Friday, July 08, 2005

Phillies Make Us All Sick

I have been meaning to write a Phillies mid-term review- and accordingly I have been wracking my brains trying to think of insightful things to say. But be honest, don't the 2005 Phillies seemingly repel insight? They are the most easily understood team in Philadelphia in, like, forever.

It is just that they feel weird. You know in your gut they obviously aren't horrible- but your visceral reaction is different. Watching the club play night after night suggests that they ought to be ten games under, rather than right around .500.

The Phillies lost last night, now are on pace to win 82 games- not exactly a far cry from the 88 I anticipated. Back in March, I wrote that the Phillies featured enough quality offensive players to score, a veteran rotation featuring five pitchers who could win around ten, and a quality bullpen once an arm was added. I think that is still exactly what they have- and the utter absence of Thome’s production and a more difficult division than projected- have put them 2-3 games behind the estimated pace.

Clearly, the trend has been down- mainly as two-fifths of the rotation (Leiber and Padilla) has frankly not been competitive in about the past month. Accordingly, I still don’t think the Phillies are a serious threat to make the play-offs. The rotation is just not capable, even adding another arm, of rolling out the three or four cycles of quality starting pitching needed to make up ground. And they are simply not good enough to justify bringing a pitcher in here- as even adding a Zito probably is not enough to get them over the hump.

I doubt they can completely give up either. First, if the team does not qualify for the post-season, the GM, the manager and some of core players are gone. For the past three years, the Phillies have not been bad (86 wins twice- about .500 the other year), and really are not bad now. But: Factum est illud, fieri infectum non potest. Thus, as to not compound the problem, clearly this is the current collection’s last try. If they fail again- I cannot believe there is a great anticipation in the organization to see how it goes with this group again in 2006.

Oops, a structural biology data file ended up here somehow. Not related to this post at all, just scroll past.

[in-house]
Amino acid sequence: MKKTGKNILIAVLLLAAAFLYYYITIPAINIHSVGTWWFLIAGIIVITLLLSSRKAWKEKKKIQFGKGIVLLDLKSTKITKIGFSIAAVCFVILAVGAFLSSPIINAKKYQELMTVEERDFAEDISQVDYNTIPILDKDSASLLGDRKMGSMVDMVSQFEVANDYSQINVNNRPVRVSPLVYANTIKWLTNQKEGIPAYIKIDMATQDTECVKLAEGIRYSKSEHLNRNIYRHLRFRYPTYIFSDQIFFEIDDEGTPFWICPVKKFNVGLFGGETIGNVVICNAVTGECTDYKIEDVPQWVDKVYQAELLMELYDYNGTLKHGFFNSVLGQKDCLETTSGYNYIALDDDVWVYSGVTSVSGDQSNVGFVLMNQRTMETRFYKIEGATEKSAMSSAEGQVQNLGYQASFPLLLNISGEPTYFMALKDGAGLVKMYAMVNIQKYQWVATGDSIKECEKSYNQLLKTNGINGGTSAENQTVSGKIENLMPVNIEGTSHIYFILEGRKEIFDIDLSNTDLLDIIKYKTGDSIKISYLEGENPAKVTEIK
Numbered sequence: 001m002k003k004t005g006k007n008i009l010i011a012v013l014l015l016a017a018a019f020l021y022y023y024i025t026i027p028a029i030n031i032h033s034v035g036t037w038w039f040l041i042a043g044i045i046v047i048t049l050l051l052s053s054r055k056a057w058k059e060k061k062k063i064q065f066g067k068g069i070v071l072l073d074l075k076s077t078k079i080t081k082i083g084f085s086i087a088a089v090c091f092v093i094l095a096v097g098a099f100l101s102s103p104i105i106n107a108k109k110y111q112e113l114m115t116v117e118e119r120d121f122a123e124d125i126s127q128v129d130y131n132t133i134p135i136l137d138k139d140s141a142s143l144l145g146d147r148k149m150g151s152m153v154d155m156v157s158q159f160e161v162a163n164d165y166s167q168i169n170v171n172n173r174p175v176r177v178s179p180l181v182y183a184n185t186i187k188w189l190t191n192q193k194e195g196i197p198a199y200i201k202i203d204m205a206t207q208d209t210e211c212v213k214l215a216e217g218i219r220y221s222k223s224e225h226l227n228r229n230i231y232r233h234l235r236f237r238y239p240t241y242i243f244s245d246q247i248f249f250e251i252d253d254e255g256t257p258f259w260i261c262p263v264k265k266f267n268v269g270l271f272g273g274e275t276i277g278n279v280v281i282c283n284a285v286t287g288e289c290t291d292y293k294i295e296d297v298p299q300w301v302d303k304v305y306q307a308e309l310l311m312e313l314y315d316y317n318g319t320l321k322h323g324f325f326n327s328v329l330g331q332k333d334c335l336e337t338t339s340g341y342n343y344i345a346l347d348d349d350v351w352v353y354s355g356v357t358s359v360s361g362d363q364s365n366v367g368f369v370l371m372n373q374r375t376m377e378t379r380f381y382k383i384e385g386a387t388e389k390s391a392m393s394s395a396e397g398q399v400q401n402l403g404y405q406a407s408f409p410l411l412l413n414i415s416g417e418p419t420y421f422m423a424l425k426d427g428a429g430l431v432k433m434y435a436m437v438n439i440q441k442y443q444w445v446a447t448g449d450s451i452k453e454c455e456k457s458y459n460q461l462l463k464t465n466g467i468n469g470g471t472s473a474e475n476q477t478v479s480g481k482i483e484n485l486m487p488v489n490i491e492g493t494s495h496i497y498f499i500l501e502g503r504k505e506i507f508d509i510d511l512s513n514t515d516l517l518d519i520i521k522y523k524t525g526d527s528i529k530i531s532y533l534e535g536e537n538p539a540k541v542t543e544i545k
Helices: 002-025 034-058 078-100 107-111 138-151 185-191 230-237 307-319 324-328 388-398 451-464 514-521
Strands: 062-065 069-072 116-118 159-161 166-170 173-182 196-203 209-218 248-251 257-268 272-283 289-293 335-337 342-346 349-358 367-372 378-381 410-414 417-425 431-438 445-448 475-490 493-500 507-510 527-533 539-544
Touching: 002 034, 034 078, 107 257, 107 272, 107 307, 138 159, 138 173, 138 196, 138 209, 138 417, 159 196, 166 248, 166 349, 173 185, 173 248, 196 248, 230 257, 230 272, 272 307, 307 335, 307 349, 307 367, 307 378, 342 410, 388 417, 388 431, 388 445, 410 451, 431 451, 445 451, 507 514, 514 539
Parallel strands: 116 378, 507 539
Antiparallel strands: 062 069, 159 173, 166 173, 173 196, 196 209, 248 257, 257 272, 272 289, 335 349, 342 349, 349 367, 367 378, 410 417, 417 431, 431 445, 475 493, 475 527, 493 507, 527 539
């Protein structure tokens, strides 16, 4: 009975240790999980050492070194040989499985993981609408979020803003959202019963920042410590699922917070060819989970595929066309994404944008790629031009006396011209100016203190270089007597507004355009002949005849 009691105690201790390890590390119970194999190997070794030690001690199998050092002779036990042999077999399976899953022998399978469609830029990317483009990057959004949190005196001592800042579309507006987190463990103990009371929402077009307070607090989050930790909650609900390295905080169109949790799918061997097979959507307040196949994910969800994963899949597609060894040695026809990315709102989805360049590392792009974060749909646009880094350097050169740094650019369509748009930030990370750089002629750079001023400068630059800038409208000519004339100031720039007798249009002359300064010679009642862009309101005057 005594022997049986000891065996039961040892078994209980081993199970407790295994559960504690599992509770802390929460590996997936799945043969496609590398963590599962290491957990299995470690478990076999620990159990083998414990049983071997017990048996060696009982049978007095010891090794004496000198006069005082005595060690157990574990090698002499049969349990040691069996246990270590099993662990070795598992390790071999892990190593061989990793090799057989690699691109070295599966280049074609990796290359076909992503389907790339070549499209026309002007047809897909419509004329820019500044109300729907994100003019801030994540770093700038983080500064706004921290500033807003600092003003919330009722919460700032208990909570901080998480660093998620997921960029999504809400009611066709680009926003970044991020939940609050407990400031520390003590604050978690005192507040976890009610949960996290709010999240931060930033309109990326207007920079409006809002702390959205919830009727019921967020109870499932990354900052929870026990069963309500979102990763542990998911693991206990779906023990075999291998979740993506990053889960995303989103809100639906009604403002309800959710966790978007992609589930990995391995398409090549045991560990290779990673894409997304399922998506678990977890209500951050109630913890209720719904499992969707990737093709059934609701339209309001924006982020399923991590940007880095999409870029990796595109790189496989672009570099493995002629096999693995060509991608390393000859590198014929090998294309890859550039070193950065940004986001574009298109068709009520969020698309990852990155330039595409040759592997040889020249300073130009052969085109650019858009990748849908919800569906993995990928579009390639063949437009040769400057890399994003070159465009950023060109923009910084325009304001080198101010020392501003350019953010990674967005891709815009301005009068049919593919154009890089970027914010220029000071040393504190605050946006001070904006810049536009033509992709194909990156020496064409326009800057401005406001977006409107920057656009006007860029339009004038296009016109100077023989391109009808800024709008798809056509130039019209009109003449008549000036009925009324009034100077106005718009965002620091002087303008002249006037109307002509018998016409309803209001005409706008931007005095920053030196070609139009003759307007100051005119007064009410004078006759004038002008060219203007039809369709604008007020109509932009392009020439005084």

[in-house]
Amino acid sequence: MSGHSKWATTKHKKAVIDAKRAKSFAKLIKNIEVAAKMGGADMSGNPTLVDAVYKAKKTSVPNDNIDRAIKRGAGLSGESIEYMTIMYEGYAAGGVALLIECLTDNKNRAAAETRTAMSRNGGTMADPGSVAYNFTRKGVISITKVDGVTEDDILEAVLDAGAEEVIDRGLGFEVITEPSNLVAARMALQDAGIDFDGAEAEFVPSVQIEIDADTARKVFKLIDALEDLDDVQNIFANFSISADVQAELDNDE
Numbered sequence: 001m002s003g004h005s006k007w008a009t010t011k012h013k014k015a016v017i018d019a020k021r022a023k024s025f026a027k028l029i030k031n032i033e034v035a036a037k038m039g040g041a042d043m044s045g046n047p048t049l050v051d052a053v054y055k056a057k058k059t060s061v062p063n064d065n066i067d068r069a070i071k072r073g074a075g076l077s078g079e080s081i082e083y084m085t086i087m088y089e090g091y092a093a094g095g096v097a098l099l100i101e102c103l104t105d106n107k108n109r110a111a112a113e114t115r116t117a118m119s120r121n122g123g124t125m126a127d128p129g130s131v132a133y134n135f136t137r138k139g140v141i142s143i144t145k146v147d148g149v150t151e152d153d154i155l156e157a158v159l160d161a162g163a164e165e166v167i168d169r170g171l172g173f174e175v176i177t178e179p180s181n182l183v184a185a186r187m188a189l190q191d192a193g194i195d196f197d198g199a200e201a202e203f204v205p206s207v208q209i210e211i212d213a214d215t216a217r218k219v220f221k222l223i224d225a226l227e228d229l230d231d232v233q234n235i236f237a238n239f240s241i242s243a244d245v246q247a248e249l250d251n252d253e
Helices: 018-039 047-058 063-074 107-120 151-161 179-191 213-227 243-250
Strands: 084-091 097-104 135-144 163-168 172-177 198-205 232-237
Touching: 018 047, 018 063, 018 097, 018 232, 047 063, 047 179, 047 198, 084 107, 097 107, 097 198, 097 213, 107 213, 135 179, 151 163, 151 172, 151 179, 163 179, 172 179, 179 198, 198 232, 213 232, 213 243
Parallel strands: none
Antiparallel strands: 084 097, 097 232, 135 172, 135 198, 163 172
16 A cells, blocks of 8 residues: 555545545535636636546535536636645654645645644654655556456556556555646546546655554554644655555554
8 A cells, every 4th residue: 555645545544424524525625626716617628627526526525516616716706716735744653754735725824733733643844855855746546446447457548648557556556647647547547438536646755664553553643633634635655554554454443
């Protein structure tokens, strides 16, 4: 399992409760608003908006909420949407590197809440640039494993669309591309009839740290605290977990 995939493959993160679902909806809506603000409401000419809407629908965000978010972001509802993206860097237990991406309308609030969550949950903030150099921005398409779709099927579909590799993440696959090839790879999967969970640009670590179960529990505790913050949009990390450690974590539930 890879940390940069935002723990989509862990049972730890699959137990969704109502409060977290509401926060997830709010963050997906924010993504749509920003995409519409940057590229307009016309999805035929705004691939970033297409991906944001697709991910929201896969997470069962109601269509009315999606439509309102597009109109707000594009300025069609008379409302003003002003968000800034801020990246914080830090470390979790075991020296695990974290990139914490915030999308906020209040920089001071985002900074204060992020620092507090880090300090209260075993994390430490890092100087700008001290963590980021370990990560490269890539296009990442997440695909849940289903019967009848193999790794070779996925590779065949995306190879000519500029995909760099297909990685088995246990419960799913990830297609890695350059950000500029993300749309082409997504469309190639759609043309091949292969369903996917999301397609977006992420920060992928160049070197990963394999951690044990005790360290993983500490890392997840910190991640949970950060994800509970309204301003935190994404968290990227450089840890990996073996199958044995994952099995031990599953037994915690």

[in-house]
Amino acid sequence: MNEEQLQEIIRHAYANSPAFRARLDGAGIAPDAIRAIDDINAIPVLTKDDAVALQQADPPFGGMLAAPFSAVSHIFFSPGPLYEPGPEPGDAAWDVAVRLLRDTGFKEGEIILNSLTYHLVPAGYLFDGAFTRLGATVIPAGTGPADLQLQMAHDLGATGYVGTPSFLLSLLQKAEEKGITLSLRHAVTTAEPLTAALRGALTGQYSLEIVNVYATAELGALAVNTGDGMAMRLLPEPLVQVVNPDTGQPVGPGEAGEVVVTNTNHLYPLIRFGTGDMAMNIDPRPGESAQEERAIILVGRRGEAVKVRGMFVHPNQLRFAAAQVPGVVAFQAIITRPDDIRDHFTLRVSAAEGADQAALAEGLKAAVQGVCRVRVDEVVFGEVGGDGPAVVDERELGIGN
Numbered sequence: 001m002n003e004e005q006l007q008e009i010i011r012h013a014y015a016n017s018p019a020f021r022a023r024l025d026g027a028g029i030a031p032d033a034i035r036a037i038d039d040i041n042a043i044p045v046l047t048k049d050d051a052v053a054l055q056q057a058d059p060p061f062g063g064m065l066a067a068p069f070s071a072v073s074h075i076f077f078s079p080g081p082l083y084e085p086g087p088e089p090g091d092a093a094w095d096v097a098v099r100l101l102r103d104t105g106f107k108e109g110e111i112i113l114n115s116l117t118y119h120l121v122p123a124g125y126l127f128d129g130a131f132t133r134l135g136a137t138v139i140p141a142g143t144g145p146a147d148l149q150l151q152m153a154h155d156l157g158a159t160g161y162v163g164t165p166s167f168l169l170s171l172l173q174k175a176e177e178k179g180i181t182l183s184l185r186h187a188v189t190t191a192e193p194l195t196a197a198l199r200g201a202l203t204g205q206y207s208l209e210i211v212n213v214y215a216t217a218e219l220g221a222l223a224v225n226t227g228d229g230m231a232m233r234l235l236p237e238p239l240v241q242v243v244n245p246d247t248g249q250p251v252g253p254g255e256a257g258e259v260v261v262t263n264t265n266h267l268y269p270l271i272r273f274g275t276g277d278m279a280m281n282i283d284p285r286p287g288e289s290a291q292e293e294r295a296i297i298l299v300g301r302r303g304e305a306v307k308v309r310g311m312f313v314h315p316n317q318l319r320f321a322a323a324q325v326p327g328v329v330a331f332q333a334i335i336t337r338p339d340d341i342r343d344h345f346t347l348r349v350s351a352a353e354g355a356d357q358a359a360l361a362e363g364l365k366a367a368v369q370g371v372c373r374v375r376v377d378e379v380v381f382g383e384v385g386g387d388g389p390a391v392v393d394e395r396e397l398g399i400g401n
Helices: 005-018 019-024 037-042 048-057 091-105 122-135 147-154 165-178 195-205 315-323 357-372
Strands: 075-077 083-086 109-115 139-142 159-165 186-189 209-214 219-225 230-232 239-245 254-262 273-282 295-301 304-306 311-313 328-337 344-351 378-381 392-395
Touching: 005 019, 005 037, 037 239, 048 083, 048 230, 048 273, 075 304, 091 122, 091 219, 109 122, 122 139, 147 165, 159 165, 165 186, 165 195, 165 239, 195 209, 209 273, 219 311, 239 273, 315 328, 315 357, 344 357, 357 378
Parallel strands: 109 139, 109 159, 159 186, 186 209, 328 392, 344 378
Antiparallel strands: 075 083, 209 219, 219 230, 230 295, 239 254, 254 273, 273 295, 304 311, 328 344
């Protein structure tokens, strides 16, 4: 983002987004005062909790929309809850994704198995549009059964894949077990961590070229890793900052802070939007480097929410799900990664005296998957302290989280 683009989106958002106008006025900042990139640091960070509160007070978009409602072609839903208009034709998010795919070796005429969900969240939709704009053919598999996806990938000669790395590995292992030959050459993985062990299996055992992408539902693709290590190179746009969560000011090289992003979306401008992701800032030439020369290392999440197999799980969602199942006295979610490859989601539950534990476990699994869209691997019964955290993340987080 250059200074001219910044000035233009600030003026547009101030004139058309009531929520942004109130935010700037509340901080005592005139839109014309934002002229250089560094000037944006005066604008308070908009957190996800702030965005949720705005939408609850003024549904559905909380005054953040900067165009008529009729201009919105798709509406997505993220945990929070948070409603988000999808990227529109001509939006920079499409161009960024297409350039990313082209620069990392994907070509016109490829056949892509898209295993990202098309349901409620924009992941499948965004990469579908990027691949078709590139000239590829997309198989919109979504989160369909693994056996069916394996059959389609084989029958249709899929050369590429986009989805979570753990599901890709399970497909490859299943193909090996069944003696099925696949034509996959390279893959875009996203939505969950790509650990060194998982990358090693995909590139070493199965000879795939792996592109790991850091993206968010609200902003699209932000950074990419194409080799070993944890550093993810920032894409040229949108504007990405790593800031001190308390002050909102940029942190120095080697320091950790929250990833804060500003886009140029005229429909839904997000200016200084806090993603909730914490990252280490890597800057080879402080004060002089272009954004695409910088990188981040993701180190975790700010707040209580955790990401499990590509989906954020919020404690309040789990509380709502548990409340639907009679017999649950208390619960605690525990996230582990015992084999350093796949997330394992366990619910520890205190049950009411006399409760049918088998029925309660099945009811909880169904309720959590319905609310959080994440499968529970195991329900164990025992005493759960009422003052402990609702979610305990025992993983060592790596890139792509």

Second, the Phillies are only five games out of the wild card- and I think only “four games” behind the team that will win the division: Atlanta. Washington could complete the miracle- but I don’t think so. The Nats have very cleverly used their ball park to become the best “win 3-2” team in the league. There is no doubt they have some smart baseball people there- who simply flat-out get how to win with their mediocre roster. But really, they don’t hit all that much. Amazingly though, they have like nine pitchers with ERAs under 4.00- and that probably cannot continue. A 100-win team ultimately looks like the Cardinals- not this. If the pitching wobbles a little, the Nats absolutely have an 12-18 stretch in them. Basically, the Nats need a lot to go right: health, pitching, etc. Right now, it is. Candidly, the longer the season goes- the more and more problems the Nats face.

Third, since the presence of Thome was simply killing this club- it almost has to be better with him out of there. In the second half, I promise they'll get more than .210 and seven HRs out of the all-important four-spot. The team is already better on offense as a result. If Leiber and Padilla revert back to any kind of form, you cannot tell me the Phillies aren’t as good as, say, Atlanta.

I still think the Phillies will finish a few games over .500- maybe not 88- maybe 83. They just aren’t that bad. The late-inning bullpen is solid, they’ll hit more in the second half, and the rotation cannot possible by worse. I doubt they’ll ever fall out of it enough to be able to quit- so you’ll never get a talent-dumping caused swoon. But it looks like you’ll need something near 93 to win the division- and 90 to get the wild card- and the Phillies simply aren’t that sort of club.